The Sandon is a labyrinth. Walk in through one of its multiple entrances and you will be faced with multiple places to go – different rooms of different sizes; a large main one downstairs, a large main one upstairs, and then there is the conservatory bit, and the corner bit that only serves Carling out of plastic cups. You can get lost just going for a whazz, as I did once, and as I will no doubt do again.
Because The Sandon is where I go. A lot. Before every match, in fact. With my mates. My release.
The Sandon is a pub located on Oakfield Road, Liverpool. A short walk from Anfield. Built in 1870 it is where both Liverpool and Everton FC were founded through its connections to local brewer John Houlding and is the place where fans of the former now gather for a pre-match bevvy, as well as one or three afterwards.
I’ve been going there on and off for years but never as regularly as I have this season. It’s become part of the ritual – off the coach, walk up Stanley Park, turn left at the Texaco garage and head into The Sandon. Into the large main room downstairs.
Partly this is because I like alcohol and partly because it’s a collective thing – being part of a group of lads that I travel from London to Liverpool with who do the same thing. Same faces, different things to laugh and talk about.
On the Sunday just gone, we talked about our excitement about seeing the Reds face Manchester City, of how Arsenal, playing Bournemouth on the TV in front of us, are incredibly rubbish and how one of our group fell over in the Kop during last week’s FA Cup tie with Everton having got hammered in The Sandon prior to kick-off. “Do you remember the game?” I asked him. He shook his head and admitted he didn’t.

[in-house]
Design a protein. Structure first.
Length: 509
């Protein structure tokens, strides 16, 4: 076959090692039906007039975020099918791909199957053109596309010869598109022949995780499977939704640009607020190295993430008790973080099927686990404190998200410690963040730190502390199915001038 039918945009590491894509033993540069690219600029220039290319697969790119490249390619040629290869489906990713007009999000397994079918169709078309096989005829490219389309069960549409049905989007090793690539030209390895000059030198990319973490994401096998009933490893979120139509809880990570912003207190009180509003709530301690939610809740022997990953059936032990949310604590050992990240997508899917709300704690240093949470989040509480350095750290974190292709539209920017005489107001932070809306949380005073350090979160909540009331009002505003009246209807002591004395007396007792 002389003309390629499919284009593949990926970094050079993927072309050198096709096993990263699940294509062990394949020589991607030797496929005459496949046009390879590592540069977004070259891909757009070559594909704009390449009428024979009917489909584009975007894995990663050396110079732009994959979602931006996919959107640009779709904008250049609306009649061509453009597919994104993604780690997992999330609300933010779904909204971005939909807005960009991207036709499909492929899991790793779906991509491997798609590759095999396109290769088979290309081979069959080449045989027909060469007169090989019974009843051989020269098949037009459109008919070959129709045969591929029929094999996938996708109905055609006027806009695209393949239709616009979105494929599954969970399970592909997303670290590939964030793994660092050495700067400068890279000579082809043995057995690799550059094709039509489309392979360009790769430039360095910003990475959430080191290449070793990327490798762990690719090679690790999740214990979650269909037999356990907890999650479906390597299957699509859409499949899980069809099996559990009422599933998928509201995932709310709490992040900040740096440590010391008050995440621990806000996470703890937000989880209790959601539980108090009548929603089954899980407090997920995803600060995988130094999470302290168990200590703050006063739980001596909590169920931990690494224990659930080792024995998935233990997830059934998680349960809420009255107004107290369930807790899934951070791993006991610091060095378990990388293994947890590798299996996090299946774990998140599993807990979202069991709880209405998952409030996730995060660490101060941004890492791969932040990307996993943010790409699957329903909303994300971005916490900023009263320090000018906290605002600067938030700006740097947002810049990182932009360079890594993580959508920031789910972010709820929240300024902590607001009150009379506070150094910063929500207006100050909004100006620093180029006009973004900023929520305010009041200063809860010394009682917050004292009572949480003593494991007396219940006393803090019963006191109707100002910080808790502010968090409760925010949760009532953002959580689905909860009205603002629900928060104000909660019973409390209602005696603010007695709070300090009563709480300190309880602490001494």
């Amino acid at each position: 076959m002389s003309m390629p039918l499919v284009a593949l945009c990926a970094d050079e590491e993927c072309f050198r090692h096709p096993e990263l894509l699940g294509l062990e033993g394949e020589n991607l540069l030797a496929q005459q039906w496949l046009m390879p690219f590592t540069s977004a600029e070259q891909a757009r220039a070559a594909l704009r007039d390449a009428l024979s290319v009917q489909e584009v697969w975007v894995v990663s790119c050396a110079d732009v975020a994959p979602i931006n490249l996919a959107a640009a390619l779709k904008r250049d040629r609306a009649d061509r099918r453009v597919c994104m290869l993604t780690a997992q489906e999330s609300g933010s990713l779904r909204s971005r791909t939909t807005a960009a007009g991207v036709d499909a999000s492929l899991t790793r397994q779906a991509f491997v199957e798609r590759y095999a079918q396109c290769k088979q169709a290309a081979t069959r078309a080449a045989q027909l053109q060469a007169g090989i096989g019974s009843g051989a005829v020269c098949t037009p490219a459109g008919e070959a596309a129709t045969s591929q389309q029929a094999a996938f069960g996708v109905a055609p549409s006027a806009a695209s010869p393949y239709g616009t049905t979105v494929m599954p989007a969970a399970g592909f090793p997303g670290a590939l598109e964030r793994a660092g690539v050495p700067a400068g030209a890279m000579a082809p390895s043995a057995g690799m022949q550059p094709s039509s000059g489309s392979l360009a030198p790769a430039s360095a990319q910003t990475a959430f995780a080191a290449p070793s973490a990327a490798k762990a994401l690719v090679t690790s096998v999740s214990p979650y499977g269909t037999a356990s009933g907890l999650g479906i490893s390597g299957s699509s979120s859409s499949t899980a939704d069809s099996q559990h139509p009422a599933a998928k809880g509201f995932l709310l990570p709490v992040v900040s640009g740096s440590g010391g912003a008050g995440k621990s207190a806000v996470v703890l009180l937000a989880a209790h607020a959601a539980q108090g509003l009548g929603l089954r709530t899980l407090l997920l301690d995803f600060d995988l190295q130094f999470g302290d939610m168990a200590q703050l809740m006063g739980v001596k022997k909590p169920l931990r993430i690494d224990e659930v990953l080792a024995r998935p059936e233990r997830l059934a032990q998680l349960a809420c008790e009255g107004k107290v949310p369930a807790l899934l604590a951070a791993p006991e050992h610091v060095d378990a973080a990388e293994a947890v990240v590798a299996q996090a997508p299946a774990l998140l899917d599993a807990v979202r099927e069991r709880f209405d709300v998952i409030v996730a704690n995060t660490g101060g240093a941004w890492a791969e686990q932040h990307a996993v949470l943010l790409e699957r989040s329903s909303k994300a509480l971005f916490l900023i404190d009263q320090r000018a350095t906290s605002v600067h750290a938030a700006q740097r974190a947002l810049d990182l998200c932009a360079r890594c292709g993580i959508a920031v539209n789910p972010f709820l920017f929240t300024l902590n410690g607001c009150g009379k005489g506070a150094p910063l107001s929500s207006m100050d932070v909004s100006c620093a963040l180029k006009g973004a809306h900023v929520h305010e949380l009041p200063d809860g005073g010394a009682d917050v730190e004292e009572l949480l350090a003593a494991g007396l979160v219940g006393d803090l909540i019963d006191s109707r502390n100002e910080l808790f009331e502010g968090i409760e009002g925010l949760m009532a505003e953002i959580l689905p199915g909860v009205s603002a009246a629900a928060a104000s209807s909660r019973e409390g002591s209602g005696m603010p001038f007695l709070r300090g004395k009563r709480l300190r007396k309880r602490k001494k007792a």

There’s nothing new here – football fans from different cities, countries and continents have been going to the pub before a match for decades and will continue to do so for decades more. Some with their partner, some with their friends, some to have a quick half, some to get completely trollied. Everyone’s different and in my case, going to the pub before the match has become almost as important as going to the match itself because of what I have been through during the past 12 months.
As years go, 2017 was undoubtedly the toughest of my life. A lot of good things happened but the overriding experience was of a darkness setting in that almost cost me my life. It started in February – a sudden, overwhelming sadness that led to seeking counselling and, in July, the grimness of lying on a bench in open woodland near my parents’ house and considering ending it all.
I pulled back from the brink and now, almost 12 months on from crisis point, feel better. As I wrote in a recent article for the Guardian, a significant reason for this is because I underwent counselling and through that process came to terms with something that had been buried deep within – a sadness, as well as anger, over seeing less and less of my closest friends.
Regular Saturday nights in the pub have become the odd pint on the odd Wednesday after work and now months pass without me speaking or hearing from people I previously couldn’t go more than two days without having some form of contact with. It’s part of moving from your twenties into your thirties and beyond, but it’s also hard. First-world problem hard, but hard nevertheless.
When life becomes a series of routines and duties, you need a release to remind you that for all that is great about getting older – in my case having a loving wife and magnificent daughter – you’re still the person you once were. The body and mind may be older but the spirit remains young; mine certainly. I still laugh at the same TV shows, get excited by the same music and absolutely love drinking and watching football.